Florida reporters recently discovered that lawmakers shortened the length of yellow lights, ostensibly in an effort to snare limit-pushing drivers who are accustomed to an extra second or two.
Red-light cameras: the city and the red-light service claims the program’s purpose is increased safety. According to the red light services website, “The goal of the program is to reduce the number of right-angle collisions and related casualties citywide by 25 percent through the incremental expansion of automated photo and video cameras within the City of Dallas.” Read: they are steadily adding more of these cams that can, both physically and legally/financially get you in a jam. (Red light runners, however, can cause far worse problems.)
But investigations earlier this year indicate that money — perhaps as much or more than the nobel desire for safer streets — is a motivating factor (not exactly a shocker). Some traffic lights near our neighborhood, by the way, are big moneymakers — Mockingbird-Central is a major player.
NBC 5 secured, via an open records requests, emails between city officials noodling around ways to increase the revenue from both red-light cameras and parking violations. Essentially, according to the report, city management recently has been lamenting the decreasing number of red light runners (rather than cheering the effectiveness of the program in preventing reckless red-light running) and trying to figure out ways to ensnare drivers in the red-light-offender system. Of course, if it’s boosting safety, no problem. And if it helps balance the budget, super-great. Right?
Well, there also are the nagging issues of a right to legal due process and temptation toward municipal-level sneakiness to push drivers into a law-breaking situation. Take Florida, for example, where it just was discovered that lawmakers shortened the length of yellow lights, ostensibly in an effort to snare limit-pushing drivers who are accustomed to an extra second or two. Not saying Dallas would do or has done this — or have they?
And several cities have powered-down their red-light camera programs, citing constitutional rights breeches. Sioux Falls, South Dakota, for example, shut down its cameras following a lawsuit claiming that “the cameras violate due-process rights because they don’t capture images of those who actually are behind the wheel,” Associated Press reports.
In some cases, street cameras have come in real handy.
Back to our ‘hood, if you receive a violation notice and you wish to dispute it, our city and the red-light company Safelight make it quite the hassle to do so.
Say, perhaps, you sold your car the day before the camera caught it running the light, or you were issued a ticket for what you believe was a legal turn-on-red — not to mention if your sister borrowed your car and ran two red lights in one day (Why is the car owner responsible? If the car owner wasn’t in the car? If my sister was driving my car drunk and smashed into someone’s fence, I would not be jailed, right? Why is it different here — because it is civil and not criminal? Also note: not that any of this has necessarily happened) — and you wish to plead your case, well, you’ll have to jump through some hoops and endure painful dealings with municipal offices and paperwork and notaries.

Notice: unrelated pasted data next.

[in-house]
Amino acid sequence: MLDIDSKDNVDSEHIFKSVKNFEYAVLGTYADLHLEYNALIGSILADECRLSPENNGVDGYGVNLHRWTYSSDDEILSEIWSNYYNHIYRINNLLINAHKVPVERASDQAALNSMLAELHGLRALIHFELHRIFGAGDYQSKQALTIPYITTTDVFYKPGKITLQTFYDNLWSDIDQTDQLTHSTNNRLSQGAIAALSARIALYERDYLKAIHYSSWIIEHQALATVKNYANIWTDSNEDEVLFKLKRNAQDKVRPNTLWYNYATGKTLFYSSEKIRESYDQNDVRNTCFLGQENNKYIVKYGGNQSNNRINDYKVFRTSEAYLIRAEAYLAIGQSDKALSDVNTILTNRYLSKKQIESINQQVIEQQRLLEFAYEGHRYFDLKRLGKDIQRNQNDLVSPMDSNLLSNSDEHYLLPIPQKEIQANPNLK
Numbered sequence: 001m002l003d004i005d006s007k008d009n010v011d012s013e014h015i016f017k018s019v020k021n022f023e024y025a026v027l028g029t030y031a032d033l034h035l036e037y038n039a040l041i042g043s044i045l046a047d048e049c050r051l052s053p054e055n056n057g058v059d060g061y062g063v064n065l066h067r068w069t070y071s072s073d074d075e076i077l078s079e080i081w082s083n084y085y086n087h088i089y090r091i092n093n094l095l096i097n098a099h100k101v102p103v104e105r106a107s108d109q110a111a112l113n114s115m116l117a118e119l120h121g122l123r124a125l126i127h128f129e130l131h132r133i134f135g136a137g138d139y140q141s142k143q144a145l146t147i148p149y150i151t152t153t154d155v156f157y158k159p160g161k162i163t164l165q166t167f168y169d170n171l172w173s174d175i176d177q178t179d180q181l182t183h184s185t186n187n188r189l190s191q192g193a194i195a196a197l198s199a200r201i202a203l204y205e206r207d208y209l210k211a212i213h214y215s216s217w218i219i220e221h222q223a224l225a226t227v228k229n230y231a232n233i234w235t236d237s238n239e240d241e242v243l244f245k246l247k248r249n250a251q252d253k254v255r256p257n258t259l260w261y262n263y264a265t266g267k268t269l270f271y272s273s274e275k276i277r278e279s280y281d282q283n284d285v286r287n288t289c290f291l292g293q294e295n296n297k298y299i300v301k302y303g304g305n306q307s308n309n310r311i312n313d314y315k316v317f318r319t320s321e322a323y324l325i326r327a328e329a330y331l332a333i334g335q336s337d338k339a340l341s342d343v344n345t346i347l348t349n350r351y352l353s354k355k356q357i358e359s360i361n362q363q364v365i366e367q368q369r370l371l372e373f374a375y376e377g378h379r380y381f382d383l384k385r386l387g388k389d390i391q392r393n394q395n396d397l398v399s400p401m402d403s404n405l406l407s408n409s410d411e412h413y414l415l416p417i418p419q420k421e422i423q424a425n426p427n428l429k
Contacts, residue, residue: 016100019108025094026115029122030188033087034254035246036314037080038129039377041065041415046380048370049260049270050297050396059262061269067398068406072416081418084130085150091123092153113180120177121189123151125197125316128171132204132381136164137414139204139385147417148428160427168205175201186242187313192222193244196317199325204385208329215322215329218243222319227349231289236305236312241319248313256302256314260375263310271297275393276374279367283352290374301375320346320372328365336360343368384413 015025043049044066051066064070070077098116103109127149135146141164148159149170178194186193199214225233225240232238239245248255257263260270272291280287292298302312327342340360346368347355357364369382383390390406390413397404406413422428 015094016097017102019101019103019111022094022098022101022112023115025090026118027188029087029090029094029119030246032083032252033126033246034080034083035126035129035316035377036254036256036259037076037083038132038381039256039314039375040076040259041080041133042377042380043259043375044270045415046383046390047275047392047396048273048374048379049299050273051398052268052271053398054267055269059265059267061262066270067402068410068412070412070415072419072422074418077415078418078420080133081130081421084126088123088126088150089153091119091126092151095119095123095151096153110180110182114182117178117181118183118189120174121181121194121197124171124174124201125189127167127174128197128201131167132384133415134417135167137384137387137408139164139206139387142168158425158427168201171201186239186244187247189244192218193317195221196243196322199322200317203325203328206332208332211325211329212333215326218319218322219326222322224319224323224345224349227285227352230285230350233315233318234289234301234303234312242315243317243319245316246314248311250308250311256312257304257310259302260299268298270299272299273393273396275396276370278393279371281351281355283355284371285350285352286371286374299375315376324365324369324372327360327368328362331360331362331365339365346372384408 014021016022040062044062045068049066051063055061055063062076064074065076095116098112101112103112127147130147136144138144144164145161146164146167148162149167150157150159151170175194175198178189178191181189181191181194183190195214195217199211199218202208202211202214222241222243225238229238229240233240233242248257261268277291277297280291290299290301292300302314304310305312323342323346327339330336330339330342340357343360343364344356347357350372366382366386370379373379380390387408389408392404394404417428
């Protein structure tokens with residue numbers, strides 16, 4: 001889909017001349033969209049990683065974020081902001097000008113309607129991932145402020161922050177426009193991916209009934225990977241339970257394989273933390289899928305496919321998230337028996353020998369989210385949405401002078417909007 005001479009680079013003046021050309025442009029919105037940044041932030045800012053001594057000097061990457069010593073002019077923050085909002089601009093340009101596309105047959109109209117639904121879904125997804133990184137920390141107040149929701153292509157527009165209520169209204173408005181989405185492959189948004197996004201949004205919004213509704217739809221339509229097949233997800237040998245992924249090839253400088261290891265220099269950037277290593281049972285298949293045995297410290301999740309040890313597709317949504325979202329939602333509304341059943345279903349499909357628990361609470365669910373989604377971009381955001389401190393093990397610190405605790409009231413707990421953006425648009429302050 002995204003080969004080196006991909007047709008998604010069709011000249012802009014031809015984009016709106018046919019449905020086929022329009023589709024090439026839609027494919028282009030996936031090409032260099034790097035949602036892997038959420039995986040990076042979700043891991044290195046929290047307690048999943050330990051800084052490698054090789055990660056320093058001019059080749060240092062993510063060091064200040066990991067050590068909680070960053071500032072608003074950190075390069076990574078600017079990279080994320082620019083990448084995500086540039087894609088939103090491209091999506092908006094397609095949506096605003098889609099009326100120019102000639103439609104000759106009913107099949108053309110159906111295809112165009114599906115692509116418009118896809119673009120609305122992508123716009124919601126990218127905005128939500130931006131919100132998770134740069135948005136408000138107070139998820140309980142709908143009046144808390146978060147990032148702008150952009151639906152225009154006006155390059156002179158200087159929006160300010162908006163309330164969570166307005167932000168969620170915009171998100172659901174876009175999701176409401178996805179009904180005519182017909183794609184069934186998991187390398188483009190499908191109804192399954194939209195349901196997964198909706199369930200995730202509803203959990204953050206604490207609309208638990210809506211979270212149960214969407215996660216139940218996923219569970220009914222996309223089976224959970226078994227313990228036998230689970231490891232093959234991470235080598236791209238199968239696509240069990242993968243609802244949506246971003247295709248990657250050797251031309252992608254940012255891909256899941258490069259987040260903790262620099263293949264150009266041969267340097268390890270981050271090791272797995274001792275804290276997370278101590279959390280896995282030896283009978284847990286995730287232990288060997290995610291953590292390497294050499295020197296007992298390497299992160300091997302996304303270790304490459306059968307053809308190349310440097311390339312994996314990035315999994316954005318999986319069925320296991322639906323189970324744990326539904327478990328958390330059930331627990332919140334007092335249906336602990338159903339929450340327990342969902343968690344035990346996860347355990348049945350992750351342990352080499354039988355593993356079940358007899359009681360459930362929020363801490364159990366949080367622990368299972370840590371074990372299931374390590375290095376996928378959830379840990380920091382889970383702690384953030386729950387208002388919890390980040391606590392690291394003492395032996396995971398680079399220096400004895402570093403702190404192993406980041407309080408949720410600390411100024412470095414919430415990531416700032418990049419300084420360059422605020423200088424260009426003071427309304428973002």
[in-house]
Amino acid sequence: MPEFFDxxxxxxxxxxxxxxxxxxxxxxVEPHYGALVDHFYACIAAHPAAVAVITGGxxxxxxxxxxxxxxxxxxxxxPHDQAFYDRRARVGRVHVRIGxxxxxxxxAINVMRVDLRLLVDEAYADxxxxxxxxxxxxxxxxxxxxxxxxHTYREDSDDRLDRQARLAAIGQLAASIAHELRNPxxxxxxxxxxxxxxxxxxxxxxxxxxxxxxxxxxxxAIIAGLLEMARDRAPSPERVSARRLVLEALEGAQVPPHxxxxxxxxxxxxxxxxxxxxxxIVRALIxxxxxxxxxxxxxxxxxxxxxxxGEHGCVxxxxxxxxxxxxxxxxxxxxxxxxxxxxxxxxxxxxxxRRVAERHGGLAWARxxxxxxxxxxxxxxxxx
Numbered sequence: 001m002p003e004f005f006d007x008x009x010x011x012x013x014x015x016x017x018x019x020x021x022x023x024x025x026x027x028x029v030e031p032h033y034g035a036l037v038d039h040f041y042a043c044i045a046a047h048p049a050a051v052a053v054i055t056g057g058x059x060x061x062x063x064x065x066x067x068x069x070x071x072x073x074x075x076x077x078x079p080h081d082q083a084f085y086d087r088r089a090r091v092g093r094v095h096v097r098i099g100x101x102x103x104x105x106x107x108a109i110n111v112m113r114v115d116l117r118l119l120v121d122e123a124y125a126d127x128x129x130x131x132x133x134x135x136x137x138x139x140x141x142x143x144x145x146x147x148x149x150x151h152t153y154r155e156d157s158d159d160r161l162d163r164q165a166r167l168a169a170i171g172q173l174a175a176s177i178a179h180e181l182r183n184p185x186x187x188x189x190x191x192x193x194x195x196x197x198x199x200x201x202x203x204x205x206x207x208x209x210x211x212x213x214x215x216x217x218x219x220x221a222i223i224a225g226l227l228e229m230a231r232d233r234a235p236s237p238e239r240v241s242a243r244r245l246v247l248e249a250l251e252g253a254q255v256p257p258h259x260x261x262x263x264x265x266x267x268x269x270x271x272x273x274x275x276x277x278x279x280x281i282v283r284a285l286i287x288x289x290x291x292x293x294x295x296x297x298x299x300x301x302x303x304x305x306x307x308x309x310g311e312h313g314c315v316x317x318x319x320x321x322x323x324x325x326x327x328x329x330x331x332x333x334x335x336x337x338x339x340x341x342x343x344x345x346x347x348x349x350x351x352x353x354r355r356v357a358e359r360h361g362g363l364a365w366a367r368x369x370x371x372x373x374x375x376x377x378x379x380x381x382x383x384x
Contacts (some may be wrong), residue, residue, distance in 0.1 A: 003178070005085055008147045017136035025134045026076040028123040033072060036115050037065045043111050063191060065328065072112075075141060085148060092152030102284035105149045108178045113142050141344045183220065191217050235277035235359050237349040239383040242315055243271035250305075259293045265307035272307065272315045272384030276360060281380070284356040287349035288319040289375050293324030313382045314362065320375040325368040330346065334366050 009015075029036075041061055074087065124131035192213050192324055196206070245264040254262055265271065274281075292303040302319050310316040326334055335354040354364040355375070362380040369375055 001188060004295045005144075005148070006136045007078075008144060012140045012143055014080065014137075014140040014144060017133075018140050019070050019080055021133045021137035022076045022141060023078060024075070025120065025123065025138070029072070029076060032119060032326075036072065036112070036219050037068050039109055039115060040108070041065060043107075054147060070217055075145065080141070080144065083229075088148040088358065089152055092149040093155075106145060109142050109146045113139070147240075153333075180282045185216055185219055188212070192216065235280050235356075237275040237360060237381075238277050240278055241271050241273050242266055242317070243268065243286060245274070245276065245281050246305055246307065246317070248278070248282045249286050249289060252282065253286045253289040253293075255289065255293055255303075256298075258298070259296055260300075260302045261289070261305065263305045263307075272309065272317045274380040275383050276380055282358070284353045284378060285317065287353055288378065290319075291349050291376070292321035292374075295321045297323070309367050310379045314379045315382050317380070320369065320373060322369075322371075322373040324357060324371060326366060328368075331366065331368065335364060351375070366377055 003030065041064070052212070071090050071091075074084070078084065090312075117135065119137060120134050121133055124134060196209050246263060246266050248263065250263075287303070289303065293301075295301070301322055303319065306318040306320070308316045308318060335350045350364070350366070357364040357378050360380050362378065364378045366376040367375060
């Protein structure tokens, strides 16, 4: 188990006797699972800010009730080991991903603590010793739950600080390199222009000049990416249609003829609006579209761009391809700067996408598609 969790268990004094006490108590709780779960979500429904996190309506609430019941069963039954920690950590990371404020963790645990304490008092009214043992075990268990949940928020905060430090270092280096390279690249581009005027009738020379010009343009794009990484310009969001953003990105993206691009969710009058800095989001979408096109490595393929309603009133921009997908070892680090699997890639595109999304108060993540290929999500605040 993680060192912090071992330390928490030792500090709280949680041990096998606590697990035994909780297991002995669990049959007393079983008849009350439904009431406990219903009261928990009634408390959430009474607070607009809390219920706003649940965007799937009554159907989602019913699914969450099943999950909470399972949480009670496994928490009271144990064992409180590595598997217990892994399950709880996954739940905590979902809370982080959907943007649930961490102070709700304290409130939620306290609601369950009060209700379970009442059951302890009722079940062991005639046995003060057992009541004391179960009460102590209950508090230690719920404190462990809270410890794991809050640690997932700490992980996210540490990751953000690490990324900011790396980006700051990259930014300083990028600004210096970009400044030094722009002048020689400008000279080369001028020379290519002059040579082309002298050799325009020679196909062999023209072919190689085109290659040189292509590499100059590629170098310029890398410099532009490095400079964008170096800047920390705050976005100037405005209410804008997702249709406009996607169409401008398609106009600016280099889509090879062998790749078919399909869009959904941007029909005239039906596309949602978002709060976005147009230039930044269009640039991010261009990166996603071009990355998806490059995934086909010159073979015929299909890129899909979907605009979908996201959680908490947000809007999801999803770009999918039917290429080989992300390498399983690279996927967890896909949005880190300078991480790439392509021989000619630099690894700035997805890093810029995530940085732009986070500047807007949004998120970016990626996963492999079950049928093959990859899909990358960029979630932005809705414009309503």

You can appeal at the municipal level through the Department of Court and Detention Services by appearing in person, paying a $15 fee, presenting a notarized statement of insurance, and filling out appeal forms. It’ll cost you some $10 to park down there at the DCDS. By the time the hassle is played out, you’ll likely wish you’d just paid the $75 ticket.
Of course, you could do with your red-light violation what thousands in Dallas, Austin and presumably everywhere else have done: ignore them.
While the red-light programs have been OKed in most cities, the tools and power with which to enforce the related fines are lacking.
An Austin city official admits red light tickets are practically unenforceable. “While unpaid parking tickets can lead to booting and towing, and old traffic violations can prompt arrest warrants, ignoring a red light ticket doesn’t create serious repercussions,” an Austin municipal court clerk told KVUE. A Dallas-county officer concurs to the Morning News, “As long they don’t mind being badgered by a bill collector and that kind of stuff, there’s not a lot we can do.”
Safelight can send the notices to a collection agency but, reportedly under state law, major credit agencies are not alerted to violators’ lack of payment, so a your credit score will not be impacted, should you choose to toss the ticket in the junk mail pile.
Still, the majority of violators, about 60-percent, whether out of fear or habitual rule-abidement, choose to pay up.
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